GH: When going into this process, naming it after myself or being the singular face of this brand was not something that I was interested in. I'm not even really interested in being in the campaigns if I don't have to be *laughs*. I want people to be fans of it and buy it. I know that I have some of the most amazing fans in the world and they support everything I do, but I also want people to know that I'm doing it from a place of integrity and I want to put good clothes out there. I want them to be timeless and not feel like it's tied to a brand that has to do with just putting stuff out there to make money. I think that's why I turned down a lot of partnerships and opportunities to do more fast fashion or just different types of collections that I could have done in the last few years. Guest in Residence was a kind of term that I always found interesting. While I was sitting with different names or phrases that I found interesting, I started to think about guests, and residents, and what that actually means. I think people will relate it to a movie as if someone's staying in a hotel for a long period of time. They become the guest in residence. To me, it has a much broader feeling to it, which is that we're all guests and residents of the clothes that we own, and the clothes that we own have a life before us. And hopefully, if they're made well enough, they’ll have a life after us. We're also a guest and a resident of our own bodies, the houses we live in, this planet. I think that cashmere kind of has a tie between all of those things. It's a material that, if you take care of it correctly, can last decades and different lifetimes and be passed down through generations. It also can be buried in the ground, it’s a natural fiber. I think that Guest in Residence is kind of a nod to creating something and being a consumer of something that you realize is not just for yourself. You're only a guest in this whole situation. A Guest in Residence to me is someone that is at home with themselves and whatever city they land in, whether they're camping or at a nice dinner with 10 people they know, or by themselves at a movie theater, there is a home within themselves. I feel like cashmere kind of does that for people. It's a material that is comfortable yet luxurious. For me, this brand is about making a luxury item not so exclusive as it's been for a long time.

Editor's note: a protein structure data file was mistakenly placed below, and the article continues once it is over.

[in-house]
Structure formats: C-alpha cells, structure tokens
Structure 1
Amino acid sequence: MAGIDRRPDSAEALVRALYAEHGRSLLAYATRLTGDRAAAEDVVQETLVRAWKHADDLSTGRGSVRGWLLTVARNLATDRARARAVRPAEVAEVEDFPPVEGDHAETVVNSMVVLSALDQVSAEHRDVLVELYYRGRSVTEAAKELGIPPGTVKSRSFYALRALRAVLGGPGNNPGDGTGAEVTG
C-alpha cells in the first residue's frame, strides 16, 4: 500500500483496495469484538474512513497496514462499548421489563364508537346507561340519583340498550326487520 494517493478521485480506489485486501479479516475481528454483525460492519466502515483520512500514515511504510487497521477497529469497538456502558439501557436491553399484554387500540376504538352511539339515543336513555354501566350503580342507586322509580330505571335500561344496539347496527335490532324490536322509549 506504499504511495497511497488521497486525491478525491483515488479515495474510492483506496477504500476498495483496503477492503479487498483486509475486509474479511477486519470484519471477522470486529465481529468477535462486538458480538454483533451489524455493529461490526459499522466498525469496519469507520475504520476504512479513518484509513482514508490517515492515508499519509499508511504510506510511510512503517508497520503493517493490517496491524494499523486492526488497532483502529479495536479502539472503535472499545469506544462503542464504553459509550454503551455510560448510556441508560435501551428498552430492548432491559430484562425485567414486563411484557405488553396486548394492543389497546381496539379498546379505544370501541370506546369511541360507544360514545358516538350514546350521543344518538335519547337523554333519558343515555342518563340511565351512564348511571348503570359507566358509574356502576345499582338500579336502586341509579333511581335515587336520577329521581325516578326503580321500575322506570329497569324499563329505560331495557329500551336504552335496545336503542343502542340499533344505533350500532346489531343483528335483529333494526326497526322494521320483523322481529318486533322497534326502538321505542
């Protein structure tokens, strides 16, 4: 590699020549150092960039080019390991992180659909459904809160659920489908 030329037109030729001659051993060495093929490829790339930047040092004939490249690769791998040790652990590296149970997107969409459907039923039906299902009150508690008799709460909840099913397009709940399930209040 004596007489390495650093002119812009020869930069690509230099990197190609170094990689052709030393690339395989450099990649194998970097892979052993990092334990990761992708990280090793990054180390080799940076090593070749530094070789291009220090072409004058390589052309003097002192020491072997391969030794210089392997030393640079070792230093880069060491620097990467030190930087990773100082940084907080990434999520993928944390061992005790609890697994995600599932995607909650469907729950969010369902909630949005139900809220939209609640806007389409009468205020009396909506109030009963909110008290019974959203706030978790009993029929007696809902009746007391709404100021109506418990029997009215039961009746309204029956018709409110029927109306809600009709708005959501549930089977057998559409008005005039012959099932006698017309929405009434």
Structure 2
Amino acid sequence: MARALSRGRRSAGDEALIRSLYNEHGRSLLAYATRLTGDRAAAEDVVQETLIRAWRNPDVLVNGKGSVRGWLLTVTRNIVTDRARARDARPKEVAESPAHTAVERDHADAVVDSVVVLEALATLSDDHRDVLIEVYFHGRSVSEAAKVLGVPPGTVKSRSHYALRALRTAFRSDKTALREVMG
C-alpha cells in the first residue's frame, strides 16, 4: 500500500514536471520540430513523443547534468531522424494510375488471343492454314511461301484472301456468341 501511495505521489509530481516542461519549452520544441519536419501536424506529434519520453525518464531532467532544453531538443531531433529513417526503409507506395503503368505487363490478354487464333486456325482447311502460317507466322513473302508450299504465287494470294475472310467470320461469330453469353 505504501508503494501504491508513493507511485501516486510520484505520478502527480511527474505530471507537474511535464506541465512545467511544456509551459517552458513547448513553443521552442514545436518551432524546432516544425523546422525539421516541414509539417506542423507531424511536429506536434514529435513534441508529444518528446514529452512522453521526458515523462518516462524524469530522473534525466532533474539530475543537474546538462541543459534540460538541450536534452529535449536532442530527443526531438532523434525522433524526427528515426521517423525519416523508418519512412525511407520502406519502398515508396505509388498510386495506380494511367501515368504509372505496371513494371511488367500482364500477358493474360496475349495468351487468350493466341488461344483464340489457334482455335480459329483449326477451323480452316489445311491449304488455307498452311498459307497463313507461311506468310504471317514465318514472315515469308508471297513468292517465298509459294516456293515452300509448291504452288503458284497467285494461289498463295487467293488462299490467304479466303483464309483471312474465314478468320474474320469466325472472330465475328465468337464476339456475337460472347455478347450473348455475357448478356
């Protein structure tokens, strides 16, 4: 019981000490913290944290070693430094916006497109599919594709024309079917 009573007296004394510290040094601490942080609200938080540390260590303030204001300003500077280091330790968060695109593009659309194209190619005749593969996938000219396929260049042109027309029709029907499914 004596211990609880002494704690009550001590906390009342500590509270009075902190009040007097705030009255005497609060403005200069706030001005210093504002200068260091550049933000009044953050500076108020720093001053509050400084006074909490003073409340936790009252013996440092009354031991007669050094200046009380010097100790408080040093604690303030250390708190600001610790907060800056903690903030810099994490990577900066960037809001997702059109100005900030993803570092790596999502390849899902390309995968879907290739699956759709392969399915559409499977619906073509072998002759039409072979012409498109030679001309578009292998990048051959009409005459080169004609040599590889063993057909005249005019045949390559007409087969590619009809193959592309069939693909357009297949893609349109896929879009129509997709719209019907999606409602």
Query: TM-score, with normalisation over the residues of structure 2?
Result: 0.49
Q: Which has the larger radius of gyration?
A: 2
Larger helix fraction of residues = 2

KP: I love that the whole line is based on cashmere because I feel like it sort of brings back a lot of memories. Some of the pieces that you have from your parents are pieces that are treasured. They are something that you keep in your closet as a staple for what you put on–whether it's being at home or going out. How do those memories, whether it’s visual memories like seeing your parents wear cashmere or whether it was sensory such as feeling it and it brings you back to a place, play into the collection that we're going to see?